In the seventh, Verlander gifted the Yankees two free leadoff baserunners. Bird drew a walk and Starlin Castro was hit by a pitch — how the home plate umpire missed it, I have no idea, the Yankees had to ask for a review — which set the Yankees up. Verlander was clearly running on fumes. It was made even more clear when he fell behind in the count 3-0 on Aaron Hicks. Hicks took the 3-0 pitch for a strike (duh), then got jobbed on the 3-1 pitch. Look at this:

aaron-hicks-3-1-pitchDude. That call completely changed the game. I don’t think that’s an exaggeration. That doesn’t necessarily mean the Yankees go on to win the game, but it changes everything. That should have been ball four to load the bases with no outs. Instead, it was called a strike to run the count full. Hicks battled for ten pitches before striking out on a wicked breaking ball. That orange dot in the lower right corner of the strike zone? That was the finish pitch. How the hell are you supposed to hit — or even foul off — a breaking ball down-and-in like that.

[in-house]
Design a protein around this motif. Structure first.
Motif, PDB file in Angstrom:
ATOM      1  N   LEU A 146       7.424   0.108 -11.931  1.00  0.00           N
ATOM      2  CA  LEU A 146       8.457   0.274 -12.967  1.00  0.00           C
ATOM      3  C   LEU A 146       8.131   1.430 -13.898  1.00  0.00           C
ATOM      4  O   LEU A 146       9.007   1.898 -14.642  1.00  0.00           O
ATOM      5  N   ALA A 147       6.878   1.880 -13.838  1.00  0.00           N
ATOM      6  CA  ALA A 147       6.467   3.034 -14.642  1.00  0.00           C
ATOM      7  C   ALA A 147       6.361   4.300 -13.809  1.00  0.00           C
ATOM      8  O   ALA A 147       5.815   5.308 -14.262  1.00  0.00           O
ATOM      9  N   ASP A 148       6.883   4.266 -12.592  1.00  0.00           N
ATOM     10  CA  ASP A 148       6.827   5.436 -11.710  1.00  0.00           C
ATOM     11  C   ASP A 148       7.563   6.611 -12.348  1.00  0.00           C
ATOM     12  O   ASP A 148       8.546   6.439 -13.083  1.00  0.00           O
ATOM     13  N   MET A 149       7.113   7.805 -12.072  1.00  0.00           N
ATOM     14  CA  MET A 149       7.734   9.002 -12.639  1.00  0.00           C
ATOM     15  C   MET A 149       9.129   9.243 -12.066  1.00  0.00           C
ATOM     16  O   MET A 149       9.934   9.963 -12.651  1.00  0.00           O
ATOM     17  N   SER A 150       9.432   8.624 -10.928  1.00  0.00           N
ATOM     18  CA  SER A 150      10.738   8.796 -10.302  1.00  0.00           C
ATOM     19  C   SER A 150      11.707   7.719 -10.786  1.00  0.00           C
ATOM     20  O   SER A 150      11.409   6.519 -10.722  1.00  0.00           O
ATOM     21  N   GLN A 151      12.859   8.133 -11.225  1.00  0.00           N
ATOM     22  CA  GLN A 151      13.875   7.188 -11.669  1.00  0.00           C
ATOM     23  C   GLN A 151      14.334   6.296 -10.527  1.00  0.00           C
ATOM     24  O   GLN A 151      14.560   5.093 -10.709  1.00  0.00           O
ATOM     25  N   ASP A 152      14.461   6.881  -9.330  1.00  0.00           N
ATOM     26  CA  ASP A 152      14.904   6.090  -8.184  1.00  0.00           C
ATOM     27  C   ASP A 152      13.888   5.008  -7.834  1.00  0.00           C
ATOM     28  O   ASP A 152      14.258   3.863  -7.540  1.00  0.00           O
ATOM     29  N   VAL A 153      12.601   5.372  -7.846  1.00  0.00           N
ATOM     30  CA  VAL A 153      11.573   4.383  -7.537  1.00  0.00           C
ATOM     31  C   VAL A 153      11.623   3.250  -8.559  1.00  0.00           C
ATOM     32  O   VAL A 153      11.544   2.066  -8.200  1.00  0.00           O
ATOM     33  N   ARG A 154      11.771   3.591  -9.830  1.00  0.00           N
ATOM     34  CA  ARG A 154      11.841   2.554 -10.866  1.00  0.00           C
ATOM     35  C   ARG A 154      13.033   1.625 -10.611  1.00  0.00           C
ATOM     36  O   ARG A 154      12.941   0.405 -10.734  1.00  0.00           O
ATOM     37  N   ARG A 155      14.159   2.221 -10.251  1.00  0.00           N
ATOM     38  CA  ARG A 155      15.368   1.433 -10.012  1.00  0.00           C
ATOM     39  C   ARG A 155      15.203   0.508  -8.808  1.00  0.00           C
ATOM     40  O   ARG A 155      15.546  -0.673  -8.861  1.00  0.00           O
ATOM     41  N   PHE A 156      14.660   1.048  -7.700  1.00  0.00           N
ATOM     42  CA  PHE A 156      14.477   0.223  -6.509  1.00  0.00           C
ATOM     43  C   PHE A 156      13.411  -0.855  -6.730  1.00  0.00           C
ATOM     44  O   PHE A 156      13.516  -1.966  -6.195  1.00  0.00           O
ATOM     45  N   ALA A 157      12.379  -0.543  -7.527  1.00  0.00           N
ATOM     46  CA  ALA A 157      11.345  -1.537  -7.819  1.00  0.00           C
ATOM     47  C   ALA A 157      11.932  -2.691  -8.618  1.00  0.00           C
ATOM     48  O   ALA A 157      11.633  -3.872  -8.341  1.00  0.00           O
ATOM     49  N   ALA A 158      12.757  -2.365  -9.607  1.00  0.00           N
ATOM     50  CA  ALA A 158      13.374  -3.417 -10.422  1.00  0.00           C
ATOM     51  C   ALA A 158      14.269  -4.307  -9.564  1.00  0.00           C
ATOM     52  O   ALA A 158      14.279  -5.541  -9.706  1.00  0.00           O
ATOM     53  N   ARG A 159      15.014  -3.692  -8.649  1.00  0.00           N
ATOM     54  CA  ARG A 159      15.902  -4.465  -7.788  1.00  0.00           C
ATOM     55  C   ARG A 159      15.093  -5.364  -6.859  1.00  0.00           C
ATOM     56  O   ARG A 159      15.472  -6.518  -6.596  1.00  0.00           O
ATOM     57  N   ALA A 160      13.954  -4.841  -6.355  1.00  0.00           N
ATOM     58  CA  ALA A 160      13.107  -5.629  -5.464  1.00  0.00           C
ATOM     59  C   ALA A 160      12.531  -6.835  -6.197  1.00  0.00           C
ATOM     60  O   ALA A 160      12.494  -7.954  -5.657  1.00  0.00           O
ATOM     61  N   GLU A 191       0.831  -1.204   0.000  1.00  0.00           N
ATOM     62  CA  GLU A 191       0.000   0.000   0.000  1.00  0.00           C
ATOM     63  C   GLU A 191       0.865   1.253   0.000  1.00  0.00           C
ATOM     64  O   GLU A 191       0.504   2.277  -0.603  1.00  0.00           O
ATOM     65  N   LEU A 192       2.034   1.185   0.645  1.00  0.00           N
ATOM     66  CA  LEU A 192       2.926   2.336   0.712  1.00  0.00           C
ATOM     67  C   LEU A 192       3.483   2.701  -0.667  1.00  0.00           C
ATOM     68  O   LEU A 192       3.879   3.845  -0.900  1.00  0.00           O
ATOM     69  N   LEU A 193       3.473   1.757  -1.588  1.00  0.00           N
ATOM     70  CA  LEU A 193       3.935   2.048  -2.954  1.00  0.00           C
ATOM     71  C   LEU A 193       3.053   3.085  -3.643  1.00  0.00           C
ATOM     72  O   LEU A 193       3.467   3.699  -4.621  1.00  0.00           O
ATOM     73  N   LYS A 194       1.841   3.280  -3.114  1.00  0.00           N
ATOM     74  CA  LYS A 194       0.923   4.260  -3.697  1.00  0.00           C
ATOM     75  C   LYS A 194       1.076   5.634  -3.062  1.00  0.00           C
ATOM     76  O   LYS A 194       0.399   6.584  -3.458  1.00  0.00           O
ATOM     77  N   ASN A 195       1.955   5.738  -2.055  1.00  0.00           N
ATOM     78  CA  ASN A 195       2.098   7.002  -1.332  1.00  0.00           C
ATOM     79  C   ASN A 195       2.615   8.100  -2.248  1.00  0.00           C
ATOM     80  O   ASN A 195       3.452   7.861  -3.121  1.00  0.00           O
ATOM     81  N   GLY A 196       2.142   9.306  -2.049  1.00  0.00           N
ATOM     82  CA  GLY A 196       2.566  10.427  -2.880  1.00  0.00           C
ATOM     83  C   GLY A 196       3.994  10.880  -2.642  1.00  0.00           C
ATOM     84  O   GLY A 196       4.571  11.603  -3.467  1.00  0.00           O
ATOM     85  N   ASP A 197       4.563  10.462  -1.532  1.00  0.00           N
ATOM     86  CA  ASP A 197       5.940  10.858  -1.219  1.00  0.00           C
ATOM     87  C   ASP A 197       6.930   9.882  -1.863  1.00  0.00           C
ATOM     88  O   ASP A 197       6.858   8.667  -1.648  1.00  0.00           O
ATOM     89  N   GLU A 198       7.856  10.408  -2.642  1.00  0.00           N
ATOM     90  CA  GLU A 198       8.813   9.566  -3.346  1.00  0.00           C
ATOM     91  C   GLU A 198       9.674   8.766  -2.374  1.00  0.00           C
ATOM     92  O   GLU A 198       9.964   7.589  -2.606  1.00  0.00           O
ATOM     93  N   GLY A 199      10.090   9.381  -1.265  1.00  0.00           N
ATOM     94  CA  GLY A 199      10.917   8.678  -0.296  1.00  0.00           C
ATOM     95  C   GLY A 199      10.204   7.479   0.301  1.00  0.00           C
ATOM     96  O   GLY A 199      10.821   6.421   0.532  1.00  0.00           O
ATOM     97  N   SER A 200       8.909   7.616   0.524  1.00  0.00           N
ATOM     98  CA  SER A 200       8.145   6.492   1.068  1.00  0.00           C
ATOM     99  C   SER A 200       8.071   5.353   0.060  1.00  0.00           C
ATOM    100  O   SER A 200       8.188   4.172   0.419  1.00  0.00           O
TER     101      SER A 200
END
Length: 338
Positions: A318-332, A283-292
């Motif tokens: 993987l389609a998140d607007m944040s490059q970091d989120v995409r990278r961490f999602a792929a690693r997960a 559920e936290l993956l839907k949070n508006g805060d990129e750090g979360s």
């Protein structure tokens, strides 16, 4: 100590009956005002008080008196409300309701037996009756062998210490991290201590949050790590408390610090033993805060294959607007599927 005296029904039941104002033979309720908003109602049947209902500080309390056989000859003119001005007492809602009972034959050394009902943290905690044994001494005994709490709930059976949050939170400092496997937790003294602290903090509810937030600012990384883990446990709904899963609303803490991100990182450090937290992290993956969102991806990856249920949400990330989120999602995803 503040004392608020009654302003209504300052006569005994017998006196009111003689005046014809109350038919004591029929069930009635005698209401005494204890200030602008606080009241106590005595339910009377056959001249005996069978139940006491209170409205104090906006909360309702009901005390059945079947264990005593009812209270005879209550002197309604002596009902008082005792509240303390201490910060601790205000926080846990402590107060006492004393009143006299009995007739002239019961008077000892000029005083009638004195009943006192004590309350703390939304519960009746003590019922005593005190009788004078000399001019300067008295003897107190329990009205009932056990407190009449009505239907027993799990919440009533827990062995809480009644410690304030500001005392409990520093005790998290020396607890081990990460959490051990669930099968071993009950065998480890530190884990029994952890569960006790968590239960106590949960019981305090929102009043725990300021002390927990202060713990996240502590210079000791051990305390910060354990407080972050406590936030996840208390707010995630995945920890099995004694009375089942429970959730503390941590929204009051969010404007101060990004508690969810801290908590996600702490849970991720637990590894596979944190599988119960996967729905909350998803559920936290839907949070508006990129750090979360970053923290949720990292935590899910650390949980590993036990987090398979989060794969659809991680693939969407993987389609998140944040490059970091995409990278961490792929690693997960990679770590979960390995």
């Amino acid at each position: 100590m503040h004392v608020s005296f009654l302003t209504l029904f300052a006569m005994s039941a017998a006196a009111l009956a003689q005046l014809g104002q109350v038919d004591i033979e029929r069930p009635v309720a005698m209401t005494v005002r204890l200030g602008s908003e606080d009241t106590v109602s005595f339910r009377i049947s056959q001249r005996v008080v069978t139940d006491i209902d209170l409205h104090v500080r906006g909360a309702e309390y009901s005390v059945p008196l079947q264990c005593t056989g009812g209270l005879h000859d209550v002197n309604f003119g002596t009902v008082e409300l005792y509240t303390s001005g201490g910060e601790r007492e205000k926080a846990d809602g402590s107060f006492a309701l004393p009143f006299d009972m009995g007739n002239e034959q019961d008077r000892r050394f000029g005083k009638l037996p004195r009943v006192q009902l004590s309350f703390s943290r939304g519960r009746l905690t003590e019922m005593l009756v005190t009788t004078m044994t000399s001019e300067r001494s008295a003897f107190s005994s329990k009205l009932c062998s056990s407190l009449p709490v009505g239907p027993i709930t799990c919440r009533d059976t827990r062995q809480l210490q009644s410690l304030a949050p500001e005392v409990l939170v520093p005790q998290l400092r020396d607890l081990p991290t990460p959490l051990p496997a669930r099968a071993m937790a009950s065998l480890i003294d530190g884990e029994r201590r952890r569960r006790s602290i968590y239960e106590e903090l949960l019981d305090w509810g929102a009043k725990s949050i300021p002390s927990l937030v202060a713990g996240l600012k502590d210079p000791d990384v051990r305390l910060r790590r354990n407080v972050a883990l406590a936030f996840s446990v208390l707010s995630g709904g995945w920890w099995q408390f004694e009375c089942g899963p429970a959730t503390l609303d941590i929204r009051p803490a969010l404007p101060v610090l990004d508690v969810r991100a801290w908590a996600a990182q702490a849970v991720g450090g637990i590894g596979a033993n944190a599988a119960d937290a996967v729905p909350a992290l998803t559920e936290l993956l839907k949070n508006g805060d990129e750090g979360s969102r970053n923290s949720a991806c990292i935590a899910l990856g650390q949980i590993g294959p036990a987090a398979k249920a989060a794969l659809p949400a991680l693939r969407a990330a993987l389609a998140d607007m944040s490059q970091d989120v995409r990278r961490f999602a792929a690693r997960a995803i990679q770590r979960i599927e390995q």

Hicks struck out, but the rally was not dead. Todd Frazier came up next and absolutely clobbered a fastball to center field. Off the bat, I thought it was gone. I though the game was tied. Frazier hit it to the wrong part of the park through, literally the deepest part in left-center, and George Springer made a fantastic leaping catch at the wall to take away extra bases. If Frazier gets the bat to the ball a nanosecond sooner, he pulls it a bit and it’s over the wall. Baseball can be a real jerk sometimes. Headley followed with a ground out to end the threat.

The first out of the inning came after Hicks should’ve walked on the 3-1 count. The second out came on the Yankees’ hardest hit ball of the night. Sometimes you get the breaks, sometimes you don’t. Aaron Judge did hit a very long solo home run in the eighth to get the Yankees to within 3-1, then they made Ken Giles work in the ninth with a 7-1 lead, and that’s about it for the offense. Those sixth and seventh innings, man. That was the game right there.